Professional Studies vs Grad School: Which is the right fit for you?
by Valerie Williams:
Valerie completed her Masters in Communication at Lasell College in June, 2014, and now works as the Marketing Communications Coordinator for ELDER. After observing and interacting with ELDER participants, faculty and experts, she wrote this to summarize the information many prospective participants need.
You are a manager in a terrific CCRC, Assisted Living, Nursing/Rehab organization, Adult Day Health provider, medical provider or agency with a large senior population, and you want to build your management and leadership skills. You’re managing programs, community relations, hospitality, social work, development, marketing, activities, care coordination or you are an executive director. You and your team face daily challenges from changes in the market that require you to build new capabilities internally.
What is the right educational path?
It depends, like many things, on your goals and your budget. Both professional and graduate studies are higher-level management education opportunities that can propel your career forward—but which is the right fit for you? Here are the questions you many of our participants examined when making the decision.
What type of Credit or CEU will I get and at what cost?
Graduate studies, often 2-year programs, are the next step after earning a bachelors degree. Courses usually last a full semester, whether online or live, and cover a topic in great detail over the course of months, and require a substantial amount of reading and writing. Content is king, so to demonstrate that knowledge the requirements are is substantial and the work is graded. One can usually find a program that is oriented towards health care, or there may be a few specialized classes about long-term care. Click here to view the details of Lasell College’s MSM in Management, with a concentration in Eldercare. If you have the academic qualifications, and seek the recognition that comes with a Master’s degree, then this credential may be the right option for you.
ELDER’s management courses, offered by Lasell College and BU’s School of Social Work, are classified as Professional Studies.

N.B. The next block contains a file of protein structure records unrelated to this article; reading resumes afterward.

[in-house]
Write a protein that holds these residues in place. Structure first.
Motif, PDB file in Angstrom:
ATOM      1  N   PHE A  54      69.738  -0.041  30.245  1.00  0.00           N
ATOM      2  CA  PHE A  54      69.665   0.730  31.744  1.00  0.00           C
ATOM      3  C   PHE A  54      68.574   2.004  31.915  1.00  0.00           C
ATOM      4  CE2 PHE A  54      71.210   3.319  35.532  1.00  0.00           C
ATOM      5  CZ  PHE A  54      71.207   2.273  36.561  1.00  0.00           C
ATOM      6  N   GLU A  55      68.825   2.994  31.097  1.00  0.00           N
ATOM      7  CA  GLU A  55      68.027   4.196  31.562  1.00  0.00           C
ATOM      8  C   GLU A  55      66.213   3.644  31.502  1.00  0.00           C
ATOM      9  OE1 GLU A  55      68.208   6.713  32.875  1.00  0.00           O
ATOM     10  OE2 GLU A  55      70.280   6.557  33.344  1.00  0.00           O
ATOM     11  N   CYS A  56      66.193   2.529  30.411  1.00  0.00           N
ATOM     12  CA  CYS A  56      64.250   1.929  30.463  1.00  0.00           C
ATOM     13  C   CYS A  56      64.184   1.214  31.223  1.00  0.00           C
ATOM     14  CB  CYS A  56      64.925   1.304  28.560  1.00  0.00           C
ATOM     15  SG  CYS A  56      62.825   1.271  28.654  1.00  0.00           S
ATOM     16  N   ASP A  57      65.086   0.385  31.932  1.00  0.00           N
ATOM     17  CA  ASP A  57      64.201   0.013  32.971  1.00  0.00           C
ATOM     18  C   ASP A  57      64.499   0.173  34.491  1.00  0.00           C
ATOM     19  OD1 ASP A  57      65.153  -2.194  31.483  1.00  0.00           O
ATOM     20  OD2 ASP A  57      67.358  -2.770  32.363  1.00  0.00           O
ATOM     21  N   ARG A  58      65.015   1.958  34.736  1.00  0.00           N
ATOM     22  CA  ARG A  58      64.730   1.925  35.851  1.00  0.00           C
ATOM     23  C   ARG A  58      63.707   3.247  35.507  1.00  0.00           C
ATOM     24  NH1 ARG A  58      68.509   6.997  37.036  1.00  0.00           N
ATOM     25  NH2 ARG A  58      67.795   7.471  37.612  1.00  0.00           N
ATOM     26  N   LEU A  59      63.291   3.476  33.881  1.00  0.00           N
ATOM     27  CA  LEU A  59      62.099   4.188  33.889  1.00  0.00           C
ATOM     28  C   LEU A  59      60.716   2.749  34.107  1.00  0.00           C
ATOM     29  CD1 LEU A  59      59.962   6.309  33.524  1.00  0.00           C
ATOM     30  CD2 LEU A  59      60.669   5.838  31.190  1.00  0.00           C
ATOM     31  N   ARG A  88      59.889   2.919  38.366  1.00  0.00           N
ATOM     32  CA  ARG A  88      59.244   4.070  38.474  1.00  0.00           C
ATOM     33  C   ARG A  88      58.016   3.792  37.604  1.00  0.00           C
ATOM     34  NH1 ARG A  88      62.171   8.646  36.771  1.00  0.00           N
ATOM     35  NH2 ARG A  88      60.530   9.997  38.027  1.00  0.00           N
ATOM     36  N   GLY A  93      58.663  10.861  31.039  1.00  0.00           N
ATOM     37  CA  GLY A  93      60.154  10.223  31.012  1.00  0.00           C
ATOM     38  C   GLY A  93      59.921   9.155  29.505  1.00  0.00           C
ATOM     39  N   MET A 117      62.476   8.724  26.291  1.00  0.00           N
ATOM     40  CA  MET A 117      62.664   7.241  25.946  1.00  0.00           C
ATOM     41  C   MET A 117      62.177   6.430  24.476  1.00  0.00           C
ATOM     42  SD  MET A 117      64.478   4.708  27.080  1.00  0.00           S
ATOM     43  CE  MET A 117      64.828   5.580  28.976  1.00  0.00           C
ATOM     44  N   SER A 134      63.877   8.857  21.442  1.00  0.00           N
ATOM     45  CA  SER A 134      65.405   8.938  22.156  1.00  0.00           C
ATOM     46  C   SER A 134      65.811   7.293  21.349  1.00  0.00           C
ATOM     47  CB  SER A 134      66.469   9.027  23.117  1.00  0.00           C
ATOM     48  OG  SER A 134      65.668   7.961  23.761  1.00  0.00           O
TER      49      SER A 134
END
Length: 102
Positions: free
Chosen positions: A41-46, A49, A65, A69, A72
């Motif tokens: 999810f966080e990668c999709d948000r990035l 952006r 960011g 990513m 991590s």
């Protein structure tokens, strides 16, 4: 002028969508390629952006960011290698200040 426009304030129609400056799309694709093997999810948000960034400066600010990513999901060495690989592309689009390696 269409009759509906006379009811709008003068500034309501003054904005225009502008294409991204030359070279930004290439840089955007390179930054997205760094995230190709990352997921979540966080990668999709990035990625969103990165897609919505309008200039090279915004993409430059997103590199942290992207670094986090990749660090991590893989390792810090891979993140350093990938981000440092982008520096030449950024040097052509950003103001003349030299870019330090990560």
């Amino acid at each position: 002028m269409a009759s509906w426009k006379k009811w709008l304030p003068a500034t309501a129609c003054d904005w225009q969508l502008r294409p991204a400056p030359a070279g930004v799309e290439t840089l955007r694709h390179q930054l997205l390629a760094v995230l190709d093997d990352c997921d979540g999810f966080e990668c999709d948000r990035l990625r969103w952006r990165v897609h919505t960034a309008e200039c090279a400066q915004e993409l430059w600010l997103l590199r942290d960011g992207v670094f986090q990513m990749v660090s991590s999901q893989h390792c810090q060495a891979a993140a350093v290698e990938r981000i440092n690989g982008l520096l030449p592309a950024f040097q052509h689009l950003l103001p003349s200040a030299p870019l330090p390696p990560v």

They are for managers currently or recently working in the field of Eldercare. These courses are short (2 to 4 weeks), employ action-learning, and require you to make a plan for yourself or your organization. The richness comes from highly selected content (much less reading than graduate school), but mostly from the interaction with the experts from the field, who teach, and with peers in the room. The cost of a course is between $600 and and $900 depending on the bundle of courses offered together, and the experts involved. These are non-credit courses, though CEUs are offered. Most ELDER courses are approved for 10-20 CEUs for social workers. Anyone may earn academic CEUs (generally 1 or 2) per course. Your work is graded for your personal feedback, but your transcript says “P” if you get above a 70%. There is no application for joining these courses. Work experience in an organization serving seniors is the only criteria for joining.
In ELDER’s program, if you take 6 short courses, Lasell College will grant you a Professional Certificate in Eldercare Management. You may also get one class removed from your requirement for graduate school. Depending on the course selection and bundle, this certificate may cost around $4,500. About 80% of ELDER participants have had their class paid for by their organizations.
Who will be in my classes?
In a Masters in Management program, your classmates will come from many fields and organizations. In ELDER’s Professional Studies program, you are with peers from organizations serving seniors. An agency serving Medicaid population may be very different than a CCRC serving a high-income population, but many of the challenges of defining strategic initiatives, marketing, budgeting and managing teams are similar.
In a Masters program, usually an academic faculty member, sometimes with knowledge of a specific field, is teaching. In ELDER’s Professional Studies Program, every class is co-taught by faculty and experts who are practitioners in the field.
Where are my classes held?
Some classes are offered online, some are face to face, some are hybrid. Ask this question about every single class.
ELDER’s classes are offered online in bundles through both Boston University’s Center for Aging and Disability Education and Reach and Lasell College. ELDER’s classes are also offered live at Lasell College, though less often.
What is online learning like?
Online learning takes self-discipline and the ability to work independently. Your responsibility is to log on, read your materials, and answer questions in a forum-style discussion with your peers. To make the most of online learning, it’s important to fully engage in the discussion by responding to your classmates in a timely and thoughtful manner.
Questions about professional, graduate, or other learning opportunities? Email firstname.lastname@example.org or leave us a comment below– Karla or Valerie will get back to you!